1Have a clearly defined and achievable goal to benefit the public.
2Articulate a governance structure including a clear statement of work, rules, and partner roles, responsibilities, and accountability, to build in trust, transparency, and mutual respect as core operating principles—acknowledging there may be “deal breakers” precluding the formation of an effective partnership in the first place.
3Ensure that objectives will meet stakeholder partners’ public and private needs, with a clearly defined baseline to monitor progress and measure success.
4Considering the importance of balance, ensure that all members possess appropriate levels of bargaining power.
5Minimize conflict of interest by recruiting a sufficient number of partners to mitigate influence by any single member and to broaden private-sector perspectives and expertise.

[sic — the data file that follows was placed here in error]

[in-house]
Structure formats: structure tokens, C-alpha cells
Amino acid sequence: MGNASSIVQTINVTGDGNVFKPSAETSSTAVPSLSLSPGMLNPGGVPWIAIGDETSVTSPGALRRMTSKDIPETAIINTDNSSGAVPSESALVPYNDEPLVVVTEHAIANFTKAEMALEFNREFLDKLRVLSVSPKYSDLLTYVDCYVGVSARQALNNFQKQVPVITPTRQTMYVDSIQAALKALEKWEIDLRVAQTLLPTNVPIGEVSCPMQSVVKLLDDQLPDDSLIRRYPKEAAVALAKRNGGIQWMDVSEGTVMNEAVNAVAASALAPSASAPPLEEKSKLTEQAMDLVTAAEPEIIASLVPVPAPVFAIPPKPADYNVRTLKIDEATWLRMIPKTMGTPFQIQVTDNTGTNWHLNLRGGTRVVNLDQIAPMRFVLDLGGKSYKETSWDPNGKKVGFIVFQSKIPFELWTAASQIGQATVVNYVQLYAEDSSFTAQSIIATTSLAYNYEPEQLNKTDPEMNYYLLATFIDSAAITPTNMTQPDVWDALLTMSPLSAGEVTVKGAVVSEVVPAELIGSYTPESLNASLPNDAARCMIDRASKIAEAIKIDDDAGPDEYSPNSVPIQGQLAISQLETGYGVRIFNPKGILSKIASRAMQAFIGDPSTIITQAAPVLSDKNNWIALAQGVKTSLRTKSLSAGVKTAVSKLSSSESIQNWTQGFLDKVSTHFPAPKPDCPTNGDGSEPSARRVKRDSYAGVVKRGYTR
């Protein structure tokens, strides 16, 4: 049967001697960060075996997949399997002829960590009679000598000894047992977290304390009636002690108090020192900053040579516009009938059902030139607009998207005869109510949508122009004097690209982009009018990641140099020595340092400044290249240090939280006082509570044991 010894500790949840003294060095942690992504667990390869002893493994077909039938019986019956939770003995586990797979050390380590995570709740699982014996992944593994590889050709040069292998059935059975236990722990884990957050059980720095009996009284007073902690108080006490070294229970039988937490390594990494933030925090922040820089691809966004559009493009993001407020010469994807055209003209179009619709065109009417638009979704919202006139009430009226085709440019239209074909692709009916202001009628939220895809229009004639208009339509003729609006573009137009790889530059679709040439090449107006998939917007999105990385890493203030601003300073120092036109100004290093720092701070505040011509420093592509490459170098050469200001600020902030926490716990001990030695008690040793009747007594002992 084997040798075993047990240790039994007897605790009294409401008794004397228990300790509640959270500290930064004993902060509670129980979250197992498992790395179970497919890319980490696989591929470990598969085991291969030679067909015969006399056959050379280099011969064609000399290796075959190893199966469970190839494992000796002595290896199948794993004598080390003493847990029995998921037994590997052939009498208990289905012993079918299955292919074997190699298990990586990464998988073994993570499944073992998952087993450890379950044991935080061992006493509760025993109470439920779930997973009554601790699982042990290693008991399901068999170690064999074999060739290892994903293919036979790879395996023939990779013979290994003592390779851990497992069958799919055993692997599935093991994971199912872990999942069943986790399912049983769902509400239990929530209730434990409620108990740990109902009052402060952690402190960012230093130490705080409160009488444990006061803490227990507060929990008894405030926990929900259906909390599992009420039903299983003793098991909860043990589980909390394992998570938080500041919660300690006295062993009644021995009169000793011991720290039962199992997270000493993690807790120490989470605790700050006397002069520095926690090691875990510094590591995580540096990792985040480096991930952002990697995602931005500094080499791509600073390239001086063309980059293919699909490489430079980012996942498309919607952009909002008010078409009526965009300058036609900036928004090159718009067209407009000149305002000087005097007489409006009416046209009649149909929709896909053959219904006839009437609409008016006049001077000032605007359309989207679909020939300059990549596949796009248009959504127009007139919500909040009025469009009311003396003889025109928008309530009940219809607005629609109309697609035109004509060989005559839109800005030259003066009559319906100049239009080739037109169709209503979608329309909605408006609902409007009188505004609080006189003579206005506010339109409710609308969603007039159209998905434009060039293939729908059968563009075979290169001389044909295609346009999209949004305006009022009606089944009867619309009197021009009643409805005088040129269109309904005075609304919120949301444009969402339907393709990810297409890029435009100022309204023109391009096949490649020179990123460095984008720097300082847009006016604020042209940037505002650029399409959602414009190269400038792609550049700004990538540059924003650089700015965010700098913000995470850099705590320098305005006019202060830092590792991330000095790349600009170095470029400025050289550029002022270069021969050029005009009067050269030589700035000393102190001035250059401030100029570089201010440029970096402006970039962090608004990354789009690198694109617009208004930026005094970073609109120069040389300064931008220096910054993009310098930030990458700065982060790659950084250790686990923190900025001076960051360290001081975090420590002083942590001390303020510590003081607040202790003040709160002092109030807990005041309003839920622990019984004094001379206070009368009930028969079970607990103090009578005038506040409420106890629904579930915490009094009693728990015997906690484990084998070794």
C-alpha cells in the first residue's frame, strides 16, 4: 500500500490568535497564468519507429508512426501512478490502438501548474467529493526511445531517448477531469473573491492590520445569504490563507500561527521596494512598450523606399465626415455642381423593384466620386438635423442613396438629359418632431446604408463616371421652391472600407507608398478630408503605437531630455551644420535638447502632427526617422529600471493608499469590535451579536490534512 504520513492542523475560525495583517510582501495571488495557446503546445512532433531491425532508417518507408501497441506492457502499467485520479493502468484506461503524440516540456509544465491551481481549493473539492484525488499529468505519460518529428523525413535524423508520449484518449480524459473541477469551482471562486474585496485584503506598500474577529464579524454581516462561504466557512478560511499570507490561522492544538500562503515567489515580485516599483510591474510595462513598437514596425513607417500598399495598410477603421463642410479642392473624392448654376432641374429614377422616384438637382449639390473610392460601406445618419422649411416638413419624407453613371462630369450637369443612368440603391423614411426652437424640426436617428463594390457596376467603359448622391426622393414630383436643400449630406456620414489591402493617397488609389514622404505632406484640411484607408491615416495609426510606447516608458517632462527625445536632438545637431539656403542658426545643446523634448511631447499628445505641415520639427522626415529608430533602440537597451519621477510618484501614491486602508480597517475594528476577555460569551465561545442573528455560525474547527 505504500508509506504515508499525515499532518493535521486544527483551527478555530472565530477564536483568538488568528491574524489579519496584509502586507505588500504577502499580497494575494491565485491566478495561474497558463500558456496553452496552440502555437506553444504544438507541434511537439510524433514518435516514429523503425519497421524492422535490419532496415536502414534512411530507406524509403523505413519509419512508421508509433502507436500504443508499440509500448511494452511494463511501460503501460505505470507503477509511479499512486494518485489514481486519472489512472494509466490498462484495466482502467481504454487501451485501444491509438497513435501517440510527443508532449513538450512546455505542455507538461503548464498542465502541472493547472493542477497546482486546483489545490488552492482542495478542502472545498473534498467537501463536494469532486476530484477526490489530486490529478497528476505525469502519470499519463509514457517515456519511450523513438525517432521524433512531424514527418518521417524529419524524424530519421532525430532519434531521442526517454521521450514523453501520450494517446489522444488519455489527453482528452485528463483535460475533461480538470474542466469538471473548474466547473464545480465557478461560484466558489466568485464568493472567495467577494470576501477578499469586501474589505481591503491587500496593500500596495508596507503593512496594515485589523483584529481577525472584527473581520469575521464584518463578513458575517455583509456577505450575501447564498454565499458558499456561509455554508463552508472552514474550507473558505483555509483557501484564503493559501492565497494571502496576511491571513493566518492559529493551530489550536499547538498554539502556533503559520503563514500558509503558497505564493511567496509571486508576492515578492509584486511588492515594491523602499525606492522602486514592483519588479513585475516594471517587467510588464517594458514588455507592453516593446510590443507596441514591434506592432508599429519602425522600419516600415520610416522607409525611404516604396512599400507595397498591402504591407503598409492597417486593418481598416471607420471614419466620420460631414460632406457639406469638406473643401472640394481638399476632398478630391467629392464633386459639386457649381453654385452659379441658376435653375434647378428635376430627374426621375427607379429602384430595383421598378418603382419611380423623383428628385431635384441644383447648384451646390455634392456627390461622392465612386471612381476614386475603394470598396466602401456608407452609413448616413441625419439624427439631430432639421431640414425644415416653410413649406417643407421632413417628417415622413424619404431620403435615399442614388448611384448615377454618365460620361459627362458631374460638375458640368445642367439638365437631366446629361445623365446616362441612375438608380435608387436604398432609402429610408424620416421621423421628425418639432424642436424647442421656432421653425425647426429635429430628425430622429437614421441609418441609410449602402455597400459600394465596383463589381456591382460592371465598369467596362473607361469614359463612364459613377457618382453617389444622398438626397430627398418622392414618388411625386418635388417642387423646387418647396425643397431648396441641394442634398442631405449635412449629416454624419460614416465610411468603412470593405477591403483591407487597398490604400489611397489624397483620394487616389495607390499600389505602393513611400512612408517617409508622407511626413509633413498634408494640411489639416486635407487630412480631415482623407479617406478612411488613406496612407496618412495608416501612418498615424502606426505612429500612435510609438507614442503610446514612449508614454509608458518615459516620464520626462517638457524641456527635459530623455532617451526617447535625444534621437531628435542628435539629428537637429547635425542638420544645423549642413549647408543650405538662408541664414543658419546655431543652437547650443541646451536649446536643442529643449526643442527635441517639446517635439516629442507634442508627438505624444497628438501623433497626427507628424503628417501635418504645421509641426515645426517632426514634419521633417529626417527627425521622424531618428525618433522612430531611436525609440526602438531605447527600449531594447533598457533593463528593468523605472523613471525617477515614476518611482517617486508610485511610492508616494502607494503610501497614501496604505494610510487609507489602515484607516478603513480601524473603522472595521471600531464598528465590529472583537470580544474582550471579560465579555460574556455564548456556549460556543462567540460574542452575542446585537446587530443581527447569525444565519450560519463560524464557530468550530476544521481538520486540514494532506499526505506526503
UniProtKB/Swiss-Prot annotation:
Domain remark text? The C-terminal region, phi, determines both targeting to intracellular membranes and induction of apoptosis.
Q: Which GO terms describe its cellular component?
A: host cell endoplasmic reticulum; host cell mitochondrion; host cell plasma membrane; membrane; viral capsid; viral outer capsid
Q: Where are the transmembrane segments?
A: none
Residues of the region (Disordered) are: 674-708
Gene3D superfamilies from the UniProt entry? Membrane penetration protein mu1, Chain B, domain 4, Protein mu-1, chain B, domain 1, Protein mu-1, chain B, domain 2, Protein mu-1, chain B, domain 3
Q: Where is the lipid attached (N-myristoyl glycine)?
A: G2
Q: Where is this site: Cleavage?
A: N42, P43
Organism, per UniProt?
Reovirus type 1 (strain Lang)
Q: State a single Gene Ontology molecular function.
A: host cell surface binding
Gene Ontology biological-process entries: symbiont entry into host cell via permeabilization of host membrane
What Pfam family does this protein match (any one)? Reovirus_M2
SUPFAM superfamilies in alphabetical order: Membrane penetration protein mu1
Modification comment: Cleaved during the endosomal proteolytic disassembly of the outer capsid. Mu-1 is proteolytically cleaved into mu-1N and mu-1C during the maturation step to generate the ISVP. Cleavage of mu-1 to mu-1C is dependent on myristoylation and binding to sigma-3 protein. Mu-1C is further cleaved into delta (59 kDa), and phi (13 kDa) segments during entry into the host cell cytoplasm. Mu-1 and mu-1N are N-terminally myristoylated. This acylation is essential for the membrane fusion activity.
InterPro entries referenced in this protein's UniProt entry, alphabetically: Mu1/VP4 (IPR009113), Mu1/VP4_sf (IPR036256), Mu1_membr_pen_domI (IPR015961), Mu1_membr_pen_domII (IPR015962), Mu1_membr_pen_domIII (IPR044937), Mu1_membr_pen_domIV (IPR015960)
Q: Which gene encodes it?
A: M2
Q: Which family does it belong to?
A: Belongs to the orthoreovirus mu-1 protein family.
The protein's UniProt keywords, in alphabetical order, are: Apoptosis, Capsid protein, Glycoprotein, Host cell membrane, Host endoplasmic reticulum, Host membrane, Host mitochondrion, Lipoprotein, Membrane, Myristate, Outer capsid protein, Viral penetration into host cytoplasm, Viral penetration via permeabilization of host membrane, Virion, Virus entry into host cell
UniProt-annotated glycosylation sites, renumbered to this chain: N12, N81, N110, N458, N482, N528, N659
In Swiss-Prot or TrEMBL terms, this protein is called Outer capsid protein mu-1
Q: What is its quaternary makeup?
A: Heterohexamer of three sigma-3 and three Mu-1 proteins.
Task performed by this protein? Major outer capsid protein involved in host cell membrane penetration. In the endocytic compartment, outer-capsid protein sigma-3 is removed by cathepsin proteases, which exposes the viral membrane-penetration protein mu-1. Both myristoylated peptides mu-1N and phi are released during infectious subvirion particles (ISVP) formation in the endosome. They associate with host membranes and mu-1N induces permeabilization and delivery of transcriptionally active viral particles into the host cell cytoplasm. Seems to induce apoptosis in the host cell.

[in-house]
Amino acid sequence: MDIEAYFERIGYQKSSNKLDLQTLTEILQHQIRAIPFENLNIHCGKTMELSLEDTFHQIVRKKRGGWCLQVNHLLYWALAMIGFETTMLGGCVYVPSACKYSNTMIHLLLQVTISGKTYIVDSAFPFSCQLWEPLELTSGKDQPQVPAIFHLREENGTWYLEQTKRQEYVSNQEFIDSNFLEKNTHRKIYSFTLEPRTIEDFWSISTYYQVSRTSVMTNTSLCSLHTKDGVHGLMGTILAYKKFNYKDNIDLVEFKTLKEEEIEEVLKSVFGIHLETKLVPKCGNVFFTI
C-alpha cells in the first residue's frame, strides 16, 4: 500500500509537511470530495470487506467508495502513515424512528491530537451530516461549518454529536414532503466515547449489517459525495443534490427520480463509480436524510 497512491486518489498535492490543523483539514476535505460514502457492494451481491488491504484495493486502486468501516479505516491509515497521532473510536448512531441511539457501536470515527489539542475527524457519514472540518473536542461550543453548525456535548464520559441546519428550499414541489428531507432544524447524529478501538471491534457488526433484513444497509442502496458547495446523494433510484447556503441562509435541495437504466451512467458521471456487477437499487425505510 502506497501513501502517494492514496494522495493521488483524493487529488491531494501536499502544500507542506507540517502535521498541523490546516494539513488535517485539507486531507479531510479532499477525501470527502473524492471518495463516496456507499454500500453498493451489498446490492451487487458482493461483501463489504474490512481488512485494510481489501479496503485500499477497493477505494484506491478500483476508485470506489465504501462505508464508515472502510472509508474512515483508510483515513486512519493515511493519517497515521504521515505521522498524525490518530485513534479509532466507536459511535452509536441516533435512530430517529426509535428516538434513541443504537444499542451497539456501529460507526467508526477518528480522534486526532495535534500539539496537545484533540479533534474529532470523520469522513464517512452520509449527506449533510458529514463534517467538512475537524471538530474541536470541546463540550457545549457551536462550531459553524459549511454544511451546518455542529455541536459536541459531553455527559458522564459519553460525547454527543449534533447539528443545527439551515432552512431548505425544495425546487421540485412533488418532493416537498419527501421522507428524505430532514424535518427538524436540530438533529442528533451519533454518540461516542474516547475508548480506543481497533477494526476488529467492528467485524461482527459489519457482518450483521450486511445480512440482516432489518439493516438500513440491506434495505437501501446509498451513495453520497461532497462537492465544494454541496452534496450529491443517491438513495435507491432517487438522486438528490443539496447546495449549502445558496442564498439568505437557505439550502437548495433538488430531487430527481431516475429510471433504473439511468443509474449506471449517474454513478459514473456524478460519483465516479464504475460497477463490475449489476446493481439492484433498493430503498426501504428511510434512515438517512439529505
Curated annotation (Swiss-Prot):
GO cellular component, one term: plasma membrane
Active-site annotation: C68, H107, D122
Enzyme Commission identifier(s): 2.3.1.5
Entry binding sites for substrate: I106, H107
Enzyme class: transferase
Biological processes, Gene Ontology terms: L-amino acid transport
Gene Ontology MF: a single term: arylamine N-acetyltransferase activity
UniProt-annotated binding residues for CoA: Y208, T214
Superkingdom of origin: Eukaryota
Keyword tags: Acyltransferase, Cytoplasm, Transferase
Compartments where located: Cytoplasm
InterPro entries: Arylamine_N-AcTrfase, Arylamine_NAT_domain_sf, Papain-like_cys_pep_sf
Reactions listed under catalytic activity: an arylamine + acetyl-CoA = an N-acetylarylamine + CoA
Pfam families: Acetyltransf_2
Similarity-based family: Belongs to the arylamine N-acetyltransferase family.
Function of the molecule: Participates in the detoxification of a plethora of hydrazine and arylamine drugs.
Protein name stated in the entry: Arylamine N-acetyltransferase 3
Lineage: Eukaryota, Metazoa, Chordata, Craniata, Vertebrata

6Engage partners who agree on specific and fundable (or supportable through obtainable resources) research questions to be addressed by the partnership.
7Enlist partners who are committed to the long term as well as to the sharing of funding and research data.
8Along with government and the private sector, include academics and other members of civil society (e.g., foundations, NGOs, consumers) as partners.
9Select objective measurements capable of providing common ground for both public and private-sector research goals.
10Adopt research questions and methodologies established by partners with transparency on all competitive interests, ideally in the precompetitive space.
11Be flexible in implementing the PPP process.
12Ensure ongoing transparent communications both among partners and between the PPP and the public.